Reprinted with permission from MediaMatters
Right-wing media outlets are now trying to figure out exactly how to interpret President Donald Trump's tweet this morning calling to "delay" the 2020 election.
Is this a serious proposal? Or is it really a political feint to cast attention on Trump's concerns about expanded mail-in voting? Or is it just another rallying call to his base?
Or — and this is coming from self-proclaimed Trump expert Rush Limbaugh — it might just be some grade A-level political trolling about the coronavirus pandemic, "throwing it right back in their faces."
Previously, Fox News personalities ridiculed comments by Democratic presidential candidate Joe Biden, who said in April that Trump might attempt to put off the election. Back then, Fox News commentators called such talk a "bizarre conspiracy theory," "so dumb," "an attempt to frighten people," "a conjuring," and other terms of derision.
But right out of the gate on Thursday morning, during a discussion with Sen. John Barrasso (R-WY), Fox Business host Stuart Varney proceeded to justify Trump's newly voiced call to delay the election.
"But if we have mail-in balloting the way it's scheduled now, there is absolutely no way you will get an election result on election night, or even in the first few days," Varney said. "That means confusion and endless challenges. That is a mess. What do you think? Delay the election?"
Later in the program, Varney interviewed Republican National Committee Chair Ronna McDaniel, who explained that Trump "obviously understands" that the election date is set by Congress, "but he's trying to highlight what many in the media are not paying attention to — we have a huge problem right now with mail-in voting across the country."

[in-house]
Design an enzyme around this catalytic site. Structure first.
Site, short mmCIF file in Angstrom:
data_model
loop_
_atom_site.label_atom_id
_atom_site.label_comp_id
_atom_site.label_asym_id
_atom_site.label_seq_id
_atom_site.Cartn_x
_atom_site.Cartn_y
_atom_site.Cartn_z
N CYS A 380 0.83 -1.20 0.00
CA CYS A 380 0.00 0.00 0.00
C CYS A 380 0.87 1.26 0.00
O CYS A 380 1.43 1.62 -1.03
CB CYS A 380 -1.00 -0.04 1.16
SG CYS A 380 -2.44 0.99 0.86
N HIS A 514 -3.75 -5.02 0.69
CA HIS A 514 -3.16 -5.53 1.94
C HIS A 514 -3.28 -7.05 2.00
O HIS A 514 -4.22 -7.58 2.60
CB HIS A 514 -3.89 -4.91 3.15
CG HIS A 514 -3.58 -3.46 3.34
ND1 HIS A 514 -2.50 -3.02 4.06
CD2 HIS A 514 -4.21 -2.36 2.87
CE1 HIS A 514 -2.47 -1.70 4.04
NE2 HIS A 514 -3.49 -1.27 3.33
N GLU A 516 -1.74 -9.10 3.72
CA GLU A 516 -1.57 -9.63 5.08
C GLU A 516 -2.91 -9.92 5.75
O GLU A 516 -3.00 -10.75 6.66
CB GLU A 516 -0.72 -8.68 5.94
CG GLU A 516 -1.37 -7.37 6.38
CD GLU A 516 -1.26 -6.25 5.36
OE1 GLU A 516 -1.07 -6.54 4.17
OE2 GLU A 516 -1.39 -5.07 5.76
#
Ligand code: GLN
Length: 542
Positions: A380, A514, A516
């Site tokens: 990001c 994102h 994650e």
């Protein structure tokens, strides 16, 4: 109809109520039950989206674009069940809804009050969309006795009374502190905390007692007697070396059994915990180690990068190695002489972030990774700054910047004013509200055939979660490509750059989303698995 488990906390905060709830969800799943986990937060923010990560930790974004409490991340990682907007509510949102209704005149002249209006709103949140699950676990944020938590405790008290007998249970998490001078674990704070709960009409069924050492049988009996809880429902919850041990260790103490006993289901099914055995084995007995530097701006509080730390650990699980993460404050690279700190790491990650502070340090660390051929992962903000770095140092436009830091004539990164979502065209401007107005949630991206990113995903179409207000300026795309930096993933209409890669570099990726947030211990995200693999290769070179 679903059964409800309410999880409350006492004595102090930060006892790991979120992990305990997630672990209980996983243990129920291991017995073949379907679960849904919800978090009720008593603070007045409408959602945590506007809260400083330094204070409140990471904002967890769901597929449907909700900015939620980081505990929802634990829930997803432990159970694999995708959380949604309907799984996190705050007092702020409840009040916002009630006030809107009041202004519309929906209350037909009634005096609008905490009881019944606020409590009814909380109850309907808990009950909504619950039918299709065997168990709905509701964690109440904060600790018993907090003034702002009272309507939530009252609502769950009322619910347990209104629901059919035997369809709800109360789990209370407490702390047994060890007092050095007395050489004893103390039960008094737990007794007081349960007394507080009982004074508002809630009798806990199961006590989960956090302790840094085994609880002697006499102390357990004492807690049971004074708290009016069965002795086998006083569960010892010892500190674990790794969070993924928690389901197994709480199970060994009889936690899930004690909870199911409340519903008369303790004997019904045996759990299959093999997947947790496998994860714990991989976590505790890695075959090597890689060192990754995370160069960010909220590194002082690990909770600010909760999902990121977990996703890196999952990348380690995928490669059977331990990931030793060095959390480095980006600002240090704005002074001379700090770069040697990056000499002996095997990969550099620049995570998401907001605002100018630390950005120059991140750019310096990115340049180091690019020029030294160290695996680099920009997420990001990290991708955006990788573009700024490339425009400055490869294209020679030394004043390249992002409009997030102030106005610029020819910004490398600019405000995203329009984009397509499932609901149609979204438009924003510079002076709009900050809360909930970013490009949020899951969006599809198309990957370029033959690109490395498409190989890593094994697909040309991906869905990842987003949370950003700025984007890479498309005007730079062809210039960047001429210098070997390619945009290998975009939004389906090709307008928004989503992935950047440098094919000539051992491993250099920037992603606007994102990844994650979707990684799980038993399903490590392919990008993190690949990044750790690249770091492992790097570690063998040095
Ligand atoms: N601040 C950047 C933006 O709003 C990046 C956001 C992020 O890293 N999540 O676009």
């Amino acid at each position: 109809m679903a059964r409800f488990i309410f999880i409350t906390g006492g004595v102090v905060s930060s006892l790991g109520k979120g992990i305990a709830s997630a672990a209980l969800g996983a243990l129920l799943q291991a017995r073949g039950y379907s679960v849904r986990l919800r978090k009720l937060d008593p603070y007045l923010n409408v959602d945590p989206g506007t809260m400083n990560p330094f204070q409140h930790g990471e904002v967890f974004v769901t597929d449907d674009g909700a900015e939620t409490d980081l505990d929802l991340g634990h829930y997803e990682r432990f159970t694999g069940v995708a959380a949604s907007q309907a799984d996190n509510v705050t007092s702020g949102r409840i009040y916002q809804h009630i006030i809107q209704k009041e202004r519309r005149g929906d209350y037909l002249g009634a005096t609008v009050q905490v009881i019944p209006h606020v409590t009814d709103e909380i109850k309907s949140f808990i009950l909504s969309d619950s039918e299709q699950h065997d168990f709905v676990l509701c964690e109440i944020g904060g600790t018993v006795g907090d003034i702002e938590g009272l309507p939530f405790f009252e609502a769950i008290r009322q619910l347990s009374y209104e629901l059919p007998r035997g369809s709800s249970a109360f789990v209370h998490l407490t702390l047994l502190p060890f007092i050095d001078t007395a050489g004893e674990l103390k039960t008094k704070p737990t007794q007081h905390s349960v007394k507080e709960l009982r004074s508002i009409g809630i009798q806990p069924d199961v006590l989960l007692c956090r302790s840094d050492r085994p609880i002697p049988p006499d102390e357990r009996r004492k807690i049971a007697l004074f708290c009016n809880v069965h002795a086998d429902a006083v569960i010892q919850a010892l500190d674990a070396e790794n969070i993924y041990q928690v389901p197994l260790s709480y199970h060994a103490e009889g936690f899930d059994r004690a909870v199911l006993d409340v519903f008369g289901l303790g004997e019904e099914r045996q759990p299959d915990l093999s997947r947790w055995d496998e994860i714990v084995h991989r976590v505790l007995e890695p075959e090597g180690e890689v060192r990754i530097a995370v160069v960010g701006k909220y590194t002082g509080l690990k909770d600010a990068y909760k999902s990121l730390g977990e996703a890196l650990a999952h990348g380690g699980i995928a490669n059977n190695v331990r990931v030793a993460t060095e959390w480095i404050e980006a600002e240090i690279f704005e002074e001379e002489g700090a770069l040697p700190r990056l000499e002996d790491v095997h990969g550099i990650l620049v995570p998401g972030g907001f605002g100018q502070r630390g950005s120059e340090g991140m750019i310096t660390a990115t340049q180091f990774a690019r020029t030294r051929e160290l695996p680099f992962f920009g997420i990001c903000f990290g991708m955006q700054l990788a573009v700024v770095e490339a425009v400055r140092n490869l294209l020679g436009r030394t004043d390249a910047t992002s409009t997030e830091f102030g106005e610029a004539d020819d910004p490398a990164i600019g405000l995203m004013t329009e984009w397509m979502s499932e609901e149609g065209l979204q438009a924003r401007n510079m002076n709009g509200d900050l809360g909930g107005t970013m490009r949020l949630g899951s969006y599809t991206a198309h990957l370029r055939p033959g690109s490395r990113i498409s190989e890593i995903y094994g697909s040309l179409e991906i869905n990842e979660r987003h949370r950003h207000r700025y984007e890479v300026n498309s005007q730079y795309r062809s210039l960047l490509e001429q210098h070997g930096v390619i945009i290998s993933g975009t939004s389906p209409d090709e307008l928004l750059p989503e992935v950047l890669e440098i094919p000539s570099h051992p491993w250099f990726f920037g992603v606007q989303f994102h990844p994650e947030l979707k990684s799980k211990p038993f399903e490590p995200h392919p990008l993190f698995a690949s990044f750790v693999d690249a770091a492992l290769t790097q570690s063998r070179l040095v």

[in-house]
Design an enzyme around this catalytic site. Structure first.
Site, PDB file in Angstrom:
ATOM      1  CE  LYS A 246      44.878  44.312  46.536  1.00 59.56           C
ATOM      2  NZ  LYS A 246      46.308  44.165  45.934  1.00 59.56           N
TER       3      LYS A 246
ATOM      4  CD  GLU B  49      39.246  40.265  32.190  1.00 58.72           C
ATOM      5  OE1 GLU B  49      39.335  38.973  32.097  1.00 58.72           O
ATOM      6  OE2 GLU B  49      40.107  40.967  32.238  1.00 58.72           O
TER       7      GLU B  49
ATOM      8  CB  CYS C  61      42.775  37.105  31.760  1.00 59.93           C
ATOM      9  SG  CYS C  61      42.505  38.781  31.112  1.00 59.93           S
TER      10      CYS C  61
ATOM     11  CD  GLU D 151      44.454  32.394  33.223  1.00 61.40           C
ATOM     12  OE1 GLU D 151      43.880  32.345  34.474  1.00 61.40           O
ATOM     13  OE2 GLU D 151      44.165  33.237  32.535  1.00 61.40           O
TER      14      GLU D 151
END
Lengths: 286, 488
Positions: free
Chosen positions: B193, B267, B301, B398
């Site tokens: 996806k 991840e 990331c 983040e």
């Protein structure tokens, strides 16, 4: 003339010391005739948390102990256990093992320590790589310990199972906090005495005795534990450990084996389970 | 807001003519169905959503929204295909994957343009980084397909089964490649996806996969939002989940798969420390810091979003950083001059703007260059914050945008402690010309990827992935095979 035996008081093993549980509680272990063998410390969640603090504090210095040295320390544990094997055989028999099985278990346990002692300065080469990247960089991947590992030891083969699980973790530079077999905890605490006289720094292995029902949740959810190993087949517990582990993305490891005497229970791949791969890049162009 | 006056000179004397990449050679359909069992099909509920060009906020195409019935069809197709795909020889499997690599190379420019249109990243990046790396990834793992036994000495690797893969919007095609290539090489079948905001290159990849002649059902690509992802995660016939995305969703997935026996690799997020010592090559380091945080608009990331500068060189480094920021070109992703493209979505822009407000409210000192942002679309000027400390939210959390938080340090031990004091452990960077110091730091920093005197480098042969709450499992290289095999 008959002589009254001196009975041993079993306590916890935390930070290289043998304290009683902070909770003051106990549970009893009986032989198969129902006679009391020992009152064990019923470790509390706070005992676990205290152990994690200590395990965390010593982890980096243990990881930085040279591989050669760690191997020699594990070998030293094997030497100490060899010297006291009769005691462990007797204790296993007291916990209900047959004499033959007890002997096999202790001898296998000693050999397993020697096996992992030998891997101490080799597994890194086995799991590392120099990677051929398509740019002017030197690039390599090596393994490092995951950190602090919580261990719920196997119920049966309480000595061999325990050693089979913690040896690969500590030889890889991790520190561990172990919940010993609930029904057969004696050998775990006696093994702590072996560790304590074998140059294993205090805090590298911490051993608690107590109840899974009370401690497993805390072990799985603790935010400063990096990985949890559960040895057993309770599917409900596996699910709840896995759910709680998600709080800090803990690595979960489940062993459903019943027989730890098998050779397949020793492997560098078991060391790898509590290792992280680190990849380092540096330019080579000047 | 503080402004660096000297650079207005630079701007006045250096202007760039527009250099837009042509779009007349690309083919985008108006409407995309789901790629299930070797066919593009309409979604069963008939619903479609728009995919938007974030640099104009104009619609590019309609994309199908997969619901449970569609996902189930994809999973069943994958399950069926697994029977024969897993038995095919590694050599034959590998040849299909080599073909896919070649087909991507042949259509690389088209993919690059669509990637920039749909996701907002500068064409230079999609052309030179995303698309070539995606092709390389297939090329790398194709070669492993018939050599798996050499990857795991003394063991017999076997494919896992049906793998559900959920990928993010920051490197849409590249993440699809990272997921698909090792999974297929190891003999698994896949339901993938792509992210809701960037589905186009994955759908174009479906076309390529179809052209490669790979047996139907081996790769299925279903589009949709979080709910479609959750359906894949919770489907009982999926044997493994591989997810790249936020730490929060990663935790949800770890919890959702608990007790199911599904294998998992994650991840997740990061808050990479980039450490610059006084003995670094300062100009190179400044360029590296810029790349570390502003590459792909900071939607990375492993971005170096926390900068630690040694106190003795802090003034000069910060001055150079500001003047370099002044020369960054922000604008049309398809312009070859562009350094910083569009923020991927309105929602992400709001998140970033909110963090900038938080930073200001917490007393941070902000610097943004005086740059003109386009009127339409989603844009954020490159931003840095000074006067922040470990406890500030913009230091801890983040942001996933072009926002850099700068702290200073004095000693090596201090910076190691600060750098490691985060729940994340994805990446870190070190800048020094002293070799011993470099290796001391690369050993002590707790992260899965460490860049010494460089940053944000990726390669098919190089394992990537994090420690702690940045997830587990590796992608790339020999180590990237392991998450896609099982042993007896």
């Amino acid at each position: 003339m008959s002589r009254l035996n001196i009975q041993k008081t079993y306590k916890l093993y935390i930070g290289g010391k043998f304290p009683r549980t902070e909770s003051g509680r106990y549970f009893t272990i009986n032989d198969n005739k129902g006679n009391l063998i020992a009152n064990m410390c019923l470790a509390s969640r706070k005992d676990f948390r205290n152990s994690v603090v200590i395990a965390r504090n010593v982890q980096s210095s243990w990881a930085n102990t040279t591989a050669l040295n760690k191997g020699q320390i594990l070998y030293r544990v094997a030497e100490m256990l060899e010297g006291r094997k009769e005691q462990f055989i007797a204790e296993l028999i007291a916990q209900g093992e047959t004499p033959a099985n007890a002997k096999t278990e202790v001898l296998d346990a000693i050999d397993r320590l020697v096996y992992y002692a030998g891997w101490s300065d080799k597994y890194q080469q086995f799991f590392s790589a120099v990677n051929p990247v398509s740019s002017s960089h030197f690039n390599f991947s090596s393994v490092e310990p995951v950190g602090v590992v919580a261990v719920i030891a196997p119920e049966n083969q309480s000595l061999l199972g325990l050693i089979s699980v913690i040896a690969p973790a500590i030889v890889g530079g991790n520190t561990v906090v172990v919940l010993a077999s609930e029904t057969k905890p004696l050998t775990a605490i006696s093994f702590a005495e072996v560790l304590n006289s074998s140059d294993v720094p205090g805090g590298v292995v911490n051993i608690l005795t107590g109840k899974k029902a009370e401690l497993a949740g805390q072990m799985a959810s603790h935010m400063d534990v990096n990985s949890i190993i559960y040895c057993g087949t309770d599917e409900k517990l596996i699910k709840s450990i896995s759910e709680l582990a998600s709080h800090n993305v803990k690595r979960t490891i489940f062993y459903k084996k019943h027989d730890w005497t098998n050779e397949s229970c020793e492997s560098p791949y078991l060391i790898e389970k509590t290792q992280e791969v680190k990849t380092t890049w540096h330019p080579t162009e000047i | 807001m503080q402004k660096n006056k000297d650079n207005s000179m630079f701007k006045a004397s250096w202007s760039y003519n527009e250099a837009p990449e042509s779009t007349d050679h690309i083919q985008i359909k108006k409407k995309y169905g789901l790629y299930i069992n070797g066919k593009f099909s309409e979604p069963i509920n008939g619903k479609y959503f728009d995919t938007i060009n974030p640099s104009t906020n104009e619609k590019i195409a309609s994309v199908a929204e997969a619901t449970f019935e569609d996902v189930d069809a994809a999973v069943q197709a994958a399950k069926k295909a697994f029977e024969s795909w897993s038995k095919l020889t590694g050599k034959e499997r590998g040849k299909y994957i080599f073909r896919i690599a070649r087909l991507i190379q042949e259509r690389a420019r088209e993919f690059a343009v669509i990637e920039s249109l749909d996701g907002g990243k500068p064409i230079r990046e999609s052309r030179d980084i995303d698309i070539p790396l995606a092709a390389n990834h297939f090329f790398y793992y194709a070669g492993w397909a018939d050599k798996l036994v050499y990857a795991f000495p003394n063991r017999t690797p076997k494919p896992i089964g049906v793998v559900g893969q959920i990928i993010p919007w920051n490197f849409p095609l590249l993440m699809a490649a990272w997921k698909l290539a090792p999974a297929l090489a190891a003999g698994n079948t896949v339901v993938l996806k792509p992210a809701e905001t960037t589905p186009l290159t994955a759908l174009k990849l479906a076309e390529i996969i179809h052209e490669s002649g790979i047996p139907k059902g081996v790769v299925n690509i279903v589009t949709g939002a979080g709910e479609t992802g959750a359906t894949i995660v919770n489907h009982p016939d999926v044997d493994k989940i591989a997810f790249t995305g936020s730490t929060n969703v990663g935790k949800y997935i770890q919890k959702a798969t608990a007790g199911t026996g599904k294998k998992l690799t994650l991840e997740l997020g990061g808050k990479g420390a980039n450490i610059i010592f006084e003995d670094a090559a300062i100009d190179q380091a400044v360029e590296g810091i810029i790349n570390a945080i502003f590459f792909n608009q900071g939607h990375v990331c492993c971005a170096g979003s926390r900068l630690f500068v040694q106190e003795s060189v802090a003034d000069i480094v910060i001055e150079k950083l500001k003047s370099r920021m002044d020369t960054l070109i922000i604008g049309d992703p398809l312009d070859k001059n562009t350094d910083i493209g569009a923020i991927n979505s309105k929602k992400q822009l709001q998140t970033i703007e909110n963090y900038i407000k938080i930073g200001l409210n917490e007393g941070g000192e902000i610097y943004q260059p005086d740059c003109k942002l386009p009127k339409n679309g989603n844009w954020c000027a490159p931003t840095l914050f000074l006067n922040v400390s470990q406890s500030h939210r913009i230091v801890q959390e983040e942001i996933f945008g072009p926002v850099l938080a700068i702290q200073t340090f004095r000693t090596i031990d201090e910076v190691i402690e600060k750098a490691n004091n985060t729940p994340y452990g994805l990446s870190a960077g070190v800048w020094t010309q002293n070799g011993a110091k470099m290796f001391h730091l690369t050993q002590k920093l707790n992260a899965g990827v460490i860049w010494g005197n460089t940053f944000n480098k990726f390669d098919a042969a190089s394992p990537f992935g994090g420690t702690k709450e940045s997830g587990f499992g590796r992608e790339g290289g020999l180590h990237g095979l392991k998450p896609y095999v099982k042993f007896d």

For his part, Varney continued: "I guarantee problems in November. I guarantee that if things stay the same, there's no way you're getting a result on election night or even in the first week after the election."
In a later chat, Fox News host Pete Hegseth also told Varney that Trump that there isn't any "serious conversation to be had" on changing the election date, but that Trump "has a knack for getting people all fired up, and then reminding them there's a real issue here" around election integrity.
Over on Fox News, the spin was that Trump was trying to stir and motivate his base — though maybe even this was not a good idea, from just that political standpoint.
"So I think what we're seeing this morning is just the president trying to sow the seeds of doubt here in the outcome of the election," said Fox News chief White House correspondent John Roberts during a discussion on America's Newsroom. "Is it because he's concerned that he may not prevail on November the 3rd, or is he just trying to mix it up a little bit and throw some chum in the water for his base? It could be the latter, as opposed to the former."
And during the same discussion, Fox News politics editor Chris Stirewalt seemed to assure viewers to "take it neither seriously nor literally," and that this was "just flummery, and he's either trying to provoke reaction or trying to sow doubt about the outcome."